The main thing about gardening is the main thing in life and that is just that you try. Sometimes it works sometimes it doesn't. But....you always learn something, and I love that. So here's sort of how it went this year on the Short suburban homestead.
1) The chickens! By far the most fun and entertaining thing I have ever "grown" in the garden. I would have done this years ago if I had known how much fun they would be and I wouldn't have been so worried if I had known how easy it would be. I'm still waiting for the first egg but I love that little extra bit of self sufficiency represented by my hens. They haven't provided breakfast yet but they have contributed to the garden by eating bugs and weeds. When I clean out the coop all the shavings go right to the compost heap where all that nitrogen gets put to work "cooking" the compost.
2) The spring lettuce and first planting of summer mix did well. Later in summer when I was so busy I just didn't have time to keep up the successive sowing needed to keep fresh lettuce handy.
3) Arugula did great! One of my favorites.
4) Garlic. Amazing. I actually just planted the cloves from a bulb I bought in the produce section at Walmart last winter.
5) Best year for strawberries in a long time.
6) Black rasberries did great this year after 4 or 5 yrs. of producing only a few berries.
7) Blueberries, which usually only produce during the month of July are still at it. We have picked baskets and baskets.
8) Trionfo Violetto beans. They always look beautiful and we had a nice supply. They are finishing up now.
9) Herbs: parsley, sage, rosemary and thyme. :) chives, garlic chives, oregano, variegated oregano, cilantro, St. John's wort, spiderwort, mint, chocolate mint, basil, lemon balm, lemon thyme, Annie hall thyme, wooly thyme. Honestly, you have to be a really bad gardener to kill herbs. It is the thing I recommend everyone start with.
10) Pumpkins. After the Corn Maize ended last year Jared brought home some of the leftover pumpkins and hay bales. I used the hay bales as the walls to my winter compost/ grow heap which I placed right in the garden. In spring I tore up the bales and used them to mulch the garden paths and planted the pumpkin seedlings in a more convenient spot. Then I transferred the remaining unfinished compost the the back compost heap. I did get one big orange pumpkin although not the beautiful green and white ones I was hoping for. This was a fun project and I will probably do it again.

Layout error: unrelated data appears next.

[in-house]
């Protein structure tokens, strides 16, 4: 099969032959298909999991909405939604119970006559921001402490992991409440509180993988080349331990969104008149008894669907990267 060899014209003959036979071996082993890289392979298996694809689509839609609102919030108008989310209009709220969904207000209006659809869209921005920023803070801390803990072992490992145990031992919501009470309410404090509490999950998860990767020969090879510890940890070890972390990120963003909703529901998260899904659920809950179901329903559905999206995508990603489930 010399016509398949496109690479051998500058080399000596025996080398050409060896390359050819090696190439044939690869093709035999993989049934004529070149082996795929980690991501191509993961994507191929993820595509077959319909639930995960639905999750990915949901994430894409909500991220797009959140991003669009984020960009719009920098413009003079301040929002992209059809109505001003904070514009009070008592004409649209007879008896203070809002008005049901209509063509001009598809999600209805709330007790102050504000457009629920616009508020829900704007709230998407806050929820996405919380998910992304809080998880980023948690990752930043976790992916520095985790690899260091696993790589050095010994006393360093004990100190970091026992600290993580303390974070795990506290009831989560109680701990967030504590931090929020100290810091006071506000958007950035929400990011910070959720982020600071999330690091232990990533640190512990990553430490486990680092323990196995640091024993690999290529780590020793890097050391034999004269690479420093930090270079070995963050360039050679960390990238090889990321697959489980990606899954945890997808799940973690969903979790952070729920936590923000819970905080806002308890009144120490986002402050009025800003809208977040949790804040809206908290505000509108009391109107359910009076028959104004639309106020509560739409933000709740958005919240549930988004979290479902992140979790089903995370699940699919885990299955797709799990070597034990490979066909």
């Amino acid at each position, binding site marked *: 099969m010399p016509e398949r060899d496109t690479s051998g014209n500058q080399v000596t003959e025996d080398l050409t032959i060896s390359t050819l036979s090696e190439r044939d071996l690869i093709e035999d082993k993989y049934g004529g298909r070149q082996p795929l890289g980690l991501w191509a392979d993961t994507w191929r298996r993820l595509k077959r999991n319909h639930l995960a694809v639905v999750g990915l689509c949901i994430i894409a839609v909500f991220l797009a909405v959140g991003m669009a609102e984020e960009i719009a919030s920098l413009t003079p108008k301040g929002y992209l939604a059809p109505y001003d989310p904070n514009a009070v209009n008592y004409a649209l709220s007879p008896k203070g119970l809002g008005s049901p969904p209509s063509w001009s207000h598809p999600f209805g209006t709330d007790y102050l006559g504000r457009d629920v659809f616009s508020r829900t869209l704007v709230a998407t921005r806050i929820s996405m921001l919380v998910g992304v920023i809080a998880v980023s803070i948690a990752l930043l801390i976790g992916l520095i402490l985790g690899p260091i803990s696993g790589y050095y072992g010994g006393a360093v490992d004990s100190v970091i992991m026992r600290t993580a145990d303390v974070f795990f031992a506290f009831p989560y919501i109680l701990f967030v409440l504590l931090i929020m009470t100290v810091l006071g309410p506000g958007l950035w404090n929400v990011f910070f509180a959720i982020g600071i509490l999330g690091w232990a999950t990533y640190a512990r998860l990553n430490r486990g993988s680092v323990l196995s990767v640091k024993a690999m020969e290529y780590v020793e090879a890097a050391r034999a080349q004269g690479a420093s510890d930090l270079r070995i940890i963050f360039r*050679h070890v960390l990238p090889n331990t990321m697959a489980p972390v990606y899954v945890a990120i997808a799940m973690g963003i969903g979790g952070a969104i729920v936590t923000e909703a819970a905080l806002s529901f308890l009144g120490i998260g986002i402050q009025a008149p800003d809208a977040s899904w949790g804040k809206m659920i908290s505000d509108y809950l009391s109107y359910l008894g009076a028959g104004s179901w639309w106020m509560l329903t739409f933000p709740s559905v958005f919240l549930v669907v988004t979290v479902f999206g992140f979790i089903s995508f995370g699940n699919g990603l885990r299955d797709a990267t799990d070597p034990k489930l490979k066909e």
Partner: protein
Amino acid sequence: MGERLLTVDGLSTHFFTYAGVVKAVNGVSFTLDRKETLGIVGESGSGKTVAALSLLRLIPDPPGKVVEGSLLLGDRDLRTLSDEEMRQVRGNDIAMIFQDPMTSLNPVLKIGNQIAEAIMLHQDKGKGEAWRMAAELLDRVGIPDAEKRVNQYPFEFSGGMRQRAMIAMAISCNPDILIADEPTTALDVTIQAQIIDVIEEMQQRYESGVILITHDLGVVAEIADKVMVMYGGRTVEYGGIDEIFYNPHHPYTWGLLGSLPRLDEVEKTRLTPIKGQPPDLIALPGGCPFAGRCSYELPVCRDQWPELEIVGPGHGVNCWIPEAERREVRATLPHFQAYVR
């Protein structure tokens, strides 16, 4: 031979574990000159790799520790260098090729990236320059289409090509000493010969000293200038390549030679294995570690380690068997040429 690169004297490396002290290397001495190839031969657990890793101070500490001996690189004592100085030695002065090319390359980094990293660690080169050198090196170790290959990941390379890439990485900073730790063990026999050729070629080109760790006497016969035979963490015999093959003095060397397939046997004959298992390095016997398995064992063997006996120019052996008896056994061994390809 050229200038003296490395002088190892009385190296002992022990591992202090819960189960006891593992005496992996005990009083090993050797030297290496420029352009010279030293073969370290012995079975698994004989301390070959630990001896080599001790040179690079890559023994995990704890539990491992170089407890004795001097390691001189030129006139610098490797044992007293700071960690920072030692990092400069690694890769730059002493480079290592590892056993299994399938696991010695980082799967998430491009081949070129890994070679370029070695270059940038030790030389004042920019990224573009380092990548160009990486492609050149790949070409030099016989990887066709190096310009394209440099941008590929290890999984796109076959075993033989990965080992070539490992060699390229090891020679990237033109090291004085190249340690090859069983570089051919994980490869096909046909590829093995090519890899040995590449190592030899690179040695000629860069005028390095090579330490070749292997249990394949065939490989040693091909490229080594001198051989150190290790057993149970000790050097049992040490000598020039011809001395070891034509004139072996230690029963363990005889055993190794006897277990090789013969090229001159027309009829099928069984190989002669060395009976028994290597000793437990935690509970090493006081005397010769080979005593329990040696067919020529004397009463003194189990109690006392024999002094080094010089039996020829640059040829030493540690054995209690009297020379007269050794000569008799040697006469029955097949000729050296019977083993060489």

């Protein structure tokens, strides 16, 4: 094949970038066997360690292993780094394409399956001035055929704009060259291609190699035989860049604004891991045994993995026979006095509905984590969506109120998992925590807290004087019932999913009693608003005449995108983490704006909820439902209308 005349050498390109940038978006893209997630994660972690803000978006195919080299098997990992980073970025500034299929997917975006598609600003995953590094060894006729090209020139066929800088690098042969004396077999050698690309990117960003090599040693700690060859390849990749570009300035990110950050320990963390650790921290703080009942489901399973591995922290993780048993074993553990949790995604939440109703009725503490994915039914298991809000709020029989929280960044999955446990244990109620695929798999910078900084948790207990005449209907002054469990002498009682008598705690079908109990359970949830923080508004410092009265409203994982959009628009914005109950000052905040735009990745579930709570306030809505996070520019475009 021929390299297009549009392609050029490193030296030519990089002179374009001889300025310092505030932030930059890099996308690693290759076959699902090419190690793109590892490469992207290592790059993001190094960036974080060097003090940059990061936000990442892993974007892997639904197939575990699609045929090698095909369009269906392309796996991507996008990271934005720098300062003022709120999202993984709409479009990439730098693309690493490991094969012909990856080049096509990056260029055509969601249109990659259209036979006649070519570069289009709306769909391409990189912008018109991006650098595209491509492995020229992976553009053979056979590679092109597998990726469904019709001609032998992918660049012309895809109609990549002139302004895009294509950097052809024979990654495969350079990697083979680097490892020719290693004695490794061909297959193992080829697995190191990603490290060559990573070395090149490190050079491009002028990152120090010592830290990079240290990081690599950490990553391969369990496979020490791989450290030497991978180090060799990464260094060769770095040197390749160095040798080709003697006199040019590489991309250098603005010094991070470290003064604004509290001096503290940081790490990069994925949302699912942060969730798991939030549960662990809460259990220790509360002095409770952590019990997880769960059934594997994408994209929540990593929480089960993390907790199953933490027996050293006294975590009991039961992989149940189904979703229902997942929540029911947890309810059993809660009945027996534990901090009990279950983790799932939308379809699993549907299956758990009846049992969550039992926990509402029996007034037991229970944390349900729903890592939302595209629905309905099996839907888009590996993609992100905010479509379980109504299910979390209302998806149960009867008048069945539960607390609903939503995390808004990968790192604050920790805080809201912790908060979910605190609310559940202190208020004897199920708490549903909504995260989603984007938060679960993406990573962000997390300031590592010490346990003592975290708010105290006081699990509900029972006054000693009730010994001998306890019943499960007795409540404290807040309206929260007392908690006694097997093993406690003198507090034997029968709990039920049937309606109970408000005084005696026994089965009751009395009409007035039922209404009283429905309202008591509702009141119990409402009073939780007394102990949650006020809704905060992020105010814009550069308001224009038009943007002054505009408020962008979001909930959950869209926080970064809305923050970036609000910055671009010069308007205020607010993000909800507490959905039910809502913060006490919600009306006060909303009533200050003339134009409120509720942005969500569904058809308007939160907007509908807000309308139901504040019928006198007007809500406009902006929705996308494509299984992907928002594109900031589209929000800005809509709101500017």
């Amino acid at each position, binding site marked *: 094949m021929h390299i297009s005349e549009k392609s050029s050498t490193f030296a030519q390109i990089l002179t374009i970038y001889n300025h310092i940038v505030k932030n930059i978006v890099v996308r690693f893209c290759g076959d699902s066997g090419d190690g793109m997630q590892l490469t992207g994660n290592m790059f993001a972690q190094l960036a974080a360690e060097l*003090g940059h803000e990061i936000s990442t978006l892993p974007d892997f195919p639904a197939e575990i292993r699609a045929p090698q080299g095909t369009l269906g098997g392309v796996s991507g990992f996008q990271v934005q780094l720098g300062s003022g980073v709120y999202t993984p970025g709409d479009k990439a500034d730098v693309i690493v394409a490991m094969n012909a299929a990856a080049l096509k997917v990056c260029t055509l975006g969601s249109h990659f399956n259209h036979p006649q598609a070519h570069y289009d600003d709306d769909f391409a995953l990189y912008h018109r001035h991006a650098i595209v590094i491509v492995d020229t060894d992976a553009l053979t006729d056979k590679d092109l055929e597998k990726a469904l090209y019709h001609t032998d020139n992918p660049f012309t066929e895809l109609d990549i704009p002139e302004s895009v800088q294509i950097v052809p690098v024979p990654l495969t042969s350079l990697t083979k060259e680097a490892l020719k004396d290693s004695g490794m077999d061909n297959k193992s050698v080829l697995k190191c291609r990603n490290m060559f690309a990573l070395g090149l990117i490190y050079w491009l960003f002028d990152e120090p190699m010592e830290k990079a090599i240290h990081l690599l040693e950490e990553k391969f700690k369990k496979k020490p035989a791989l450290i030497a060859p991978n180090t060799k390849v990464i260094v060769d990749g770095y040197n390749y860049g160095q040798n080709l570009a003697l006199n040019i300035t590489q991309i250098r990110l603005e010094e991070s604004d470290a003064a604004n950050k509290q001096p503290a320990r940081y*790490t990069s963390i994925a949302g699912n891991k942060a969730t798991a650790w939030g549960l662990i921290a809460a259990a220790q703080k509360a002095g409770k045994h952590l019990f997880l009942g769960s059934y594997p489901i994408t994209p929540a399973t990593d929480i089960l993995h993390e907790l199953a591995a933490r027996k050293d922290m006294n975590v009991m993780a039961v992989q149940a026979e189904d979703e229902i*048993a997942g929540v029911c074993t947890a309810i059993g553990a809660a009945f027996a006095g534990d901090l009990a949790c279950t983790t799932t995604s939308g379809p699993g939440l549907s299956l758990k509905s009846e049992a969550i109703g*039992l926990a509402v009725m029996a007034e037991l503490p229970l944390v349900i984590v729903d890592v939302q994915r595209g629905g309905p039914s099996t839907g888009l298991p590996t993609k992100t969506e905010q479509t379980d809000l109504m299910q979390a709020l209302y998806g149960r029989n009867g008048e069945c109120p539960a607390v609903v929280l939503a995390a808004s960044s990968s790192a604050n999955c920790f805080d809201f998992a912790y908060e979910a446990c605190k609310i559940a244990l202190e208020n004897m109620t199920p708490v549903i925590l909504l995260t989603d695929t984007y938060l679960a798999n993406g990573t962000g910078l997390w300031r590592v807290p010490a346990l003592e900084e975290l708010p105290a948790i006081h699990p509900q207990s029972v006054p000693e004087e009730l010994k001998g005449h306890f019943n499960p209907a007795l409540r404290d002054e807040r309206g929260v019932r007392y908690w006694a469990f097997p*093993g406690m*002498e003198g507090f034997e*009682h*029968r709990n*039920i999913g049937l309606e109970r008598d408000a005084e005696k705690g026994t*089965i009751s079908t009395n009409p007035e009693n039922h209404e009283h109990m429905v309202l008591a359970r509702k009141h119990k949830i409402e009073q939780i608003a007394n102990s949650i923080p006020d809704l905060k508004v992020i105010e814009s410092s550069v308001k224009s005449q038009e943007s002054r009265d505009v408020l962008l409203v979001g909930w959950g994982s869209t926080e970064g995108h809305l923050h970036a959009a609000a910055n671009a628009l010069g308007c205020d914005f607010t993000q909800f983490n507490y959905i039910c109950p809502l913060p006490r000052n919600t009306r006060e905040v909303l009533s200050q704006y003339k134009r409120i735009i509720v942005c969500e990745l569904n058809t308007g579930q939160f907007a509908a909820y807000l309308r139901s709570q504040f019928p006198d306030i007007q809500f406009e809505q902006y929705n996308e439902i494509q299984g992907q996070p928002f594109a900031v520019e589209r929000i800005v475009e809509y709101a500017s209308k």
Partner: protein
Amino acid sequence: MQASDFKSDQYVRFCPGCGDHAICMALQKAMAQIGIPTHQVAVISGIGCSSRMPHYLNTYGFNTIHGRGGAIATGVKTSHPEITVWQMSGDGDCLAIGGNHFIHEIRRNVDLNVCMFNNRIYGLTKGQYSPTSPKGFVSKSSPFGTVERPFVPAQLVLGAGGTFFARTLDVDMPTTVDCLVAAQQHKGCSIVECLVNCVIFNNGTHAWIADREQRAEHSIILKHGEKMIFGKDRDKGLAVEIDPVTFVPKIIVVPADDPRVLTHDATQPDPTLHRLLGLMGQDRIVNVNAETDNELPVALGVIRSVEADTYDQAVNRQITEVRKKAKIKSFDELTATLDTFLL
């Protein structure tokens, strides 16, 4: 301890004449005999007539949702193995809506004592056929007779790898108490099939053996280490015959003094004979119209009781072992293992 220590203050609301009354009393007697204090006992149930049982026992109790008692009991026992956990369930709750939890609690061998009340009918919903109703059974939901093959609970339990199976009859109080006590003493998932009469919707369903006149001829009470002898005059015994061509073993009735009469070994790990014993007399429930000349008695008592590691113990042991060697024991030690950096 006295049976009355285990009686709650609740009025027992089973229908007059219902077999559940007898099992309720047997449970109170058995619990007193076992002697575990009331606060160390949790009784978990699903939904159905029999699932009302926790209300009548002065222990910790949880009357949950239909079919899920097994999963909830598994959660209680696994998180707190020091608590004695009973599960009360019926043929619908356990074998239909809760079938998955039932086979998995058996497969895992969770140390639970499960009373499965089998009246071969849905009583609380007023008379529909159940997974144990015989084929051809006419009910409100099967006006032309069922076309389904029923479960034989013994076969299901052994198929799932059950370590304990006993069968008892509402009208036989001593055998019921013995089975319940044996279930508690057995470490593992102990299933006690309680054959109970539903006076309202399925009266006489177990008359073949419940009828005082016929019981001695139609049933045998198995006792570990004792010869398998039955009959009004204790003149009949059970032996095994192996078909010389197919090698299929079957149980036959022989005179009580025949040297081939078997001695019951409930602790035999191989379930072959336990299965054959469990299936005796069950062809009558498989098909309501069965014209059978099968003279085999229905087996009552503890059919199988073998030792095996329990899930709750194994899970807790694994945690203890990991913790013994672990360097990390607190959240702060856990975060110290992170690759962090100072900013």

1) Tomatoes! I don't even know what happened here. Out of the 6 plants I started with I got about 3 tomatoes. Some of them I lost in the big storm in June, but the others just didn't produce very well.
2) Blackberries. First year, planted 3. One was mature enough to yield and the birds ate every single one even though I had covered them with netting. Smart birds.
3) Pears. Amazing crop the tree was hanging low with fruit. The squirrels ate every one. I would see them sometimes struggling to get a giant pear, almost as big as they were, up the tree. Even though I was so mad I couldn't help but laugh.
4) Apples. I really think the apple tree is too close to the house. We don't ever get many. The best thing I ever get from that tree are the trimmed branches in spring. I cut them, bundle them, tie them with twine and let them sit to dry out over the summer. Great fire starters in the fall and smell wonderful. I sometimes also use them as wattling to hide ugly fences or to create make shift trellises.
5) Emperor Runner beans. This surprised me. Not one bean. Not one! Beautiful vine and gorgeous
flowers right outside my kitchen window. It did attract hummingbirds every day for me to watch while cooking though, so it's hard to call it a failure. Bees also loved it. I'd plant it again.
At least the successes outnumber the failures! And none of it is really failing if I'm outside with my dogs and chickens turning a steaming pile of compost on a cool morning or picking something for dinner. So it's almost that time of year to "put the garden to bed". It will continue to produce a few things here and there through mid October and some of the herbs will be available all winter. The next part of the gardening year is one of my favorites. Hauling in huge armfuls of firewood and building a big fire. Sitting next to it with stacks of beautiful garden books,The Farmer's Almanac, and in January....the seed catalogs. I'm already planning a new project for next year, an apiary. I started studying bees last year and will continue that through the winter and hopefully it will go as well as the chickens have. Lots more research to do on them, but for me that is just as enjoyable as the project. If you want to be a lifelong learner then plant a garden.
" I am an old man but a young gardener." ~ Thomas Jefferson